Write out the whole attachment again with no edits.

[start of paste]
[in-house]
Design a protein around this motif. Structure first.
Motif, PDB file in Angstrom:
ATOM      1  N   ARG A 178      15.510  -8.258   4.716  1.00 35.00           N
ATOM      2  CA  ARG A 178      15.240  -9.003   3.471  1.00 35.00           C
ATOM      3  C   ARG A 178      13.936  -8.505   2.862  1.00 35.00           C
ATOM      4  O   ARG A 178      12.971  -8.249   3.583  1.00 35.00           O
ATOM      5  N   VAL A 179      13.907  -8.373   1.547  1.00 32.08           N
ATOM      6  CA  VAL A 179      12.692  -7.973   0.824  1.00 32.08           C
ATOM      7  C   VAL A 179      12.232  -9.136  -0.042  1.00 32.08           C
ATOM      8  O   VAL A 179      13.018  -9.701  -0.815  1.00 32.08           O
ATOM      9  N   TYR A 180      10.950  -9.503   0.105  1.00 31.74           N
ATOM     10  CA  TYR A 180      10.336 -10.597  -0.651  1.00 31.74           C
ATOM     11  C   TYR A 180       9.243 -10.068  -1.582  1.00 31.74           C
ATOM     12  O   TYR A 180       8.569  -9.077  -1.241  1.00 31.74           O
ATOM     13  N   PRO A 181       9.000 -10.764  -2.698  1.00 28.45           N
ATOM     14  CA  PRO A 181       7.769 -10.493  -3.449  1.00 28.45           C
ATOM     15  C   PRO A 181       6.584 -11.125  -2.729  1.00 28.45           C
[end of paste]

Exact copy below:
[in-house]
Design a protein around this motif. Structure first.
Motif, PDB file in Angstrom:
ATOM      1  N   ARG A 178      15.510  -8.258   4.716  1.00 35.00           N
ATOM      2  CA  ARG A 178      15.240  -9.003   3.471  1.00 35.00           C
ATOM      3  C   ARG A 178      13.936  -8.505   2.862  1.00 35.00           C
ATOM      4  O   ARG A 178      12.971  -8.249   3.583  1.00 35.00           O
ATOM      5  N   VAL A 179      13.907  -8.373   1.547  1.00 32.08           N
ATOM      6  CA  VAL A 179      12.692  -7.973   0.824  1.00 32.08           C
ATOM      7  C   VAL A 179      12.232  -9.136  -0.042  1.00 32.08           C
ATOM      8  O   VAL A 179      13.018  -9.701  -0.815  1.00 32.08           O
ATOM      9  N   TYR A 180      10.950  -9.503   0.105  1.00 31.74           N
ATOM     10  CA  TYR A 180      10.336 -10.597  -0.651  1.00 31.74           C
ATOM     11  C   TYR A 180       9.243 -10.068  -1.582  1.00 31.74           C
ATOM     12  O   TYR A 180       8.569  -9.077  -1.241  1.00 31.74           O
ATOM     13  N   PRO A 181       9.000 -10.764  -2.698  1.00 28.45           N
ATOM     14  CA  PRO A 181       7.769 -10.493  -3.449  1.00 28.45           C
ATOM     15  C   PRO A 181       6.584 -11.125  -2.729  1.00 28.45           C